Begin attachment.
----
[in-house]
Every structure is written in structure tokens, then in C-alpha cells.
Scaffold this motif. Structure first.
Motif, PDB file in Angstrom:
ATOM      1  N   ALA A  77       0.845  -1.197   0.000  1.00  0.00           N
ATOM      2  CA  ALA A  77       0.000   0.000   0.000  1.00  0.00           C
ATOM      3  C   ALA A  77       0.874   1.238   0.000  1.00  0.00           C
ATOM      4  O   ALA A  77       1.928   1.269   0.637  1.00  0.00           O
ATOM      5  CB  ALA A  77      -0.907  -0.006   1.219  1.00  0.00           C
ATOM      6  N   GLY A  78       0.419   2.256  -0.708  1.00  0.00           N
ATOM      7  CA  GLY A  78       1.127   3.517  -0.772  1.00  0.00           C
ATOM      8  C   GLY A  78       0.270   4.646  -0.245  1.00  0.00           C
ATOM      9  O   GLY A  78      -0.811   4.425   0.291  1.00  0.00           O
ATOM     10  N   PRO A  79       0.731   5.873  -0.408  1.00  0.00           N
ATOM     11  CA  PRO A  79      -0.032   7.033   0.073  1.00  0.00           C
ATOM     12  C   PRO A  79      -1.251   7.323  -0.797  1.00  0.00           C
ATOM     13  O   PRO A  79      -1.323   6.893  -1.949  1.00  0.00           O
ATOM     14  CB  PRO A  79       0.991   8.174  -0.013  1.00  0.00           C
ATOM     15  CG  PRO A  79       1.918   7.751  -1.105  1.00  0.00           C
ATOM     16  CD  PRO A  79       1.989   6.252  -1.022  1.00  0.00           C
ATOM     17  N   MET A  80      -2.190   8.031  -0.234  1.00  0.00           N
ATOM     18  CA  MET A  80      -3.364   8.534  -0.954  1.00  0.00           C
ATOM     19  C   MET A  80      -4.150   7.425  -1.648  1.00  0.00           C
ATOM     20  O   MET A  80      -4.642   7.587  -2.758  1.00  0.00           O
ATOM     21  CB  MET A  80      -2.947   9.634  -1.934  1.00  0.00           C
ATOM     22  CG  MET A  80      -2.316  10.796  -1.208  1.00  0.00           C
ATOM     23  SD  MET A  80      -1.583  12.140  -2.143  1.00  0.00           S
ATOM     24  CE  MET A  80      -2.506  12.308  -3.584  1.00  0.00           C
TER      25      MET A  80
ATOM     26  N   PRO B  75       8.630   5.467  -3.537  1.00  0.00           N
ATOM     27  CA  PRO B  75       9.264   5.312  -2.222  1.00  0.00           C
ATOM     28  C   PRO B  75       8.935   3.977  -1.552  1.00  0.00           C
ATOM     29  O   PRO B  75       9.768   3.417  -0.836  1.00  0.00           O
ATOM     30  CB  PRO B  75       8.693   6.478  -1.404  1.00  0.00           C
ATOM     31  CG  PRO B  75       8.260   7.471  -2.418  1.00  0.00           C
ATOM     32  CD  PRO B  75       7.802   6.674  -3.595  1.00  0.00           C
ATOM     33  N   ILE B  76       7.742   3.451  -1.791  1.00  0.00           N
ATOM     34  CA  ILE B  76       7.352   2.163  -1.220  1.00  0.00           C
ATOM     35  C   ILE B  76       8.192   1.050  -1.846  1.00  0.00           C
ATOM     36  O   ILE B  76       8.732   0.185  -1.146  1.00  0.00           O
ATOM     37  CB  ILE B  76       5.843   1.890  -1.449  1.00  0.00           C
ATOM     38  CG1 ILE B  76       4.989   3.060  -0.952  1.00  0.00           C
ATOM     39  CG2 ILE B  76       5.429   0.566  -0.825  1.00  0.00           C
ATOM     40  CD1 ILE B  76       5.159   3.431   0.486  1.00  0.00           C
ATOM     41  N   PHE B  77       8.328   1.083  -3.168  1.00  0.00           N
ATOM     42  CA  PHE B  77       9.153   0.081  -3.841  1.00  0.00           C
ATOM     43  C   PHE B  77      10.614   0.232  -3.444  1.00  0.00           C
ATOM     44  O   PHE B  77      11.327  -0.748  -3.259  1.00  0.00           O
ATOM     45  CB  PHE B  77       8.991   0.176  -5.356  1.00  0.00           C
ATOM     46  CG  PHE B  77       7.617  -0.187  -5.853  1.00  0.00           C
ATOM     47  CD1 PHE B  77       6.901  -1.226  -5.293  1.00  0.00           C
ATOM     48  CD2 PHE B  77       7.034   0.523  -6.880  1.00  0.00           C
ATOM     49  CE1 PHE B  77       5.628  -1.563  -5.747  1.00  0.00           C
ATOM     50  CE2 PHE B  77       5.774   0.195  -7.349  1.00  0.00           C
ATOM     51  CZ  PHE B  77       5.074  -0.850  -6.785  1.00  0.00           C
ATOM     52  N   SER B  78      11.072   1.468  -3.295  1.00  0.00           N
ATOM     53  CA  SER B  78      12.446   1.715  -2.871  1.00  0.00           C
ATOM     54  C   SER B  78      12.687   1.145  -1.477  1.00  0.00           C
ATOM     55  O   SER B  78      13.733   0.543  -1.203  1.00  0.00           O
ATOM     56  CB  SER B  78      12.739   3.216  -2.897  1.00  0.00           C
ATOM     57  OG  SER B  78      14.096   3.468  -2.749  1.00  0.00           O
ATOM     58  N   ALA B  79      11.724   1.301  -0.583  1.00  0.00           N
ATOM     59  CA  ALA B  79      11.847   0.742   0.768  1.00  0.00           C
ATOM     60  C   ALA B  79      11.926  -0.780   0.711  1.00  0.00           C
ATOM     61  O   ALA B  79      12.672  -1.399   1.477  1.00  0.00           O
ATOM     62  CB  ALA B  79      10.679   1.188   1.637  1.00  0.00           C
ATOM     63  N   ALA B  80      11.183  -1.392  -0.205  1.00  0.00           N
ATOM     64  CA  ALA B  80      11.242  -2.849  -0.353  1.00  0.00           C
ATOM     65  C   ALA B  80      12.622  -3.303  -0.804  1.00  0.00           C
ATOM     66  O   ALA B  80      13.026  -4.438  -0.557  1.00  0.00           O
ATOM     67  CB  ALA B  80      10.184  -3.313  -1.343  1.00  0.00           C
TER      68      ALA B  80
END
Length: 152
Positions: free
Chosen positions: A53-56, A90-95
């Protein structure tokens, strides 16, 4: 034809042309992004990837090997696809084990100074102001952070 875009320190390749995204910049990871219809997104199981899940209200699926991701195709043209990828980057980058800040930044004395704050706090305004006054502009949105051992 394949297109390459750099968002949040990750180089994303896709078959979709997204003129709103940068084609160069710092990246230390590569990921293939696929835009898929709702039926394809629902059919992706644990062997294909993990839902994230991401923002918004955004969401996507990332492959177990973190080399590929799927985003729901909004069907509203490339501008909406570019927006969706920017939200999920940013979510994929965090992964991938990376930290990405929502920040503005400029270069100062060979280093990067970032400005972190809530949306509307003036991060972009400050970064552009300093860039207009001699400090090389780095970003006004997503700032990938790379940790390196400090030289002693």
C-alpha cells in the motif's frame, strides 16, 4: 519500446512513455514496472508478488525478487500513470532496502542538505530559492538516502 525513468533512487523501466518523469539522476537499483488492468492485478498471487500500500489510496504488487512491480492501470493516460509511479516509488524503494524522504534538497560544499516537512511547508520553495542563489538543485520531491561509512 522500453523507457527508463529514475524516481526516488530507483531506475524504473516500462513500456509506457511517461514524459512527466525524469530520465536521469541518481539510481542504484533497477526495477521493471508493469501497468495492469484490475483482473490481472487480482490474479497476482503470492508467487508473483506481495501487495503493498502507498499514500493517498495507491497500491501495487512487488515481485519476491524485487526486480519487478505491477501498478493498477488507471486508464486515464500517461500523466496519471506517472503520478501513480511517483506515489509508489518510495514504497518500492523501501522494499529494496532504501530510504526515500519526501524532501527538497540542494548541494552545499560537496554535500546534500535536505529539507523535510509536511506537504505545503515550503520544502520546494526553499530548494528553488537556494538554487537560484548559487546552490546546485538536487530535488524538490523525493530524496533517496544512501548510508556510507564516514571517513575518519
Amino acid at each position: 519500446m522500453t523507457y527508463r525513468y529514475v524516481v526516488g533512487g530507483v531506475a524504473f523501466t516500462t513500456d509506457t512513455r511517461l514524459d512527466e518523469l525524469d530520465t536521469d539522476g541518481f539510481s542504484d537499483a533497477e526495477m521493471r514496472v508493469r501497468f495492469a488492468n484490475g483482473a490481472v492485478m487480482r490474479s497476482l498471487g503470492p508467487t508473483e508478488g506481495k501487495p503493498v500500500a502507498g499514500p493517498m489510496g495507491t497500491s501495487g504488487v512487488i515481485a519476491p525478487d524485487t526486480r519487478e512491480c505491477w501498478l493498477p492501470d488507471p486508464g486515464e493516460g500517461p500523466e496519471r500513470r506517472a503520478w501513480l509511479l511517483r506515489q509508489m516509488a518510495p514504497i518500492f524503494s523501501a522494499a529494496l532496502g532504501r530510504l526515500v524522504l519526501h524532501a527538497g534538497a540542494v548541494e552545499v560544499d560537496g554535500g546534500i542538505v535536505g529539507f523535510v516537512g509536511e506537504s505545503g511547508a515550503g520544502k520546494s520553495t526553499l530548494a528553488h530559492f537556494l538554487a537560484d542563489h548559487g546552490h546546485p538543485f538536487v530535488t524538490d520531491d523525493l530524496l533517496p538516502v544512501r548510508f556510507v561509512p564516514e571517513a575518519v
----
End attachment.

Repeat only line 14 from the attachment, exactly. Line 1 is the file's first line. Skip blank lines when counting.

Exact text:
ATOM     10  N   PRO A  79       0.731   5.873  -0.408  1.00  0.00           N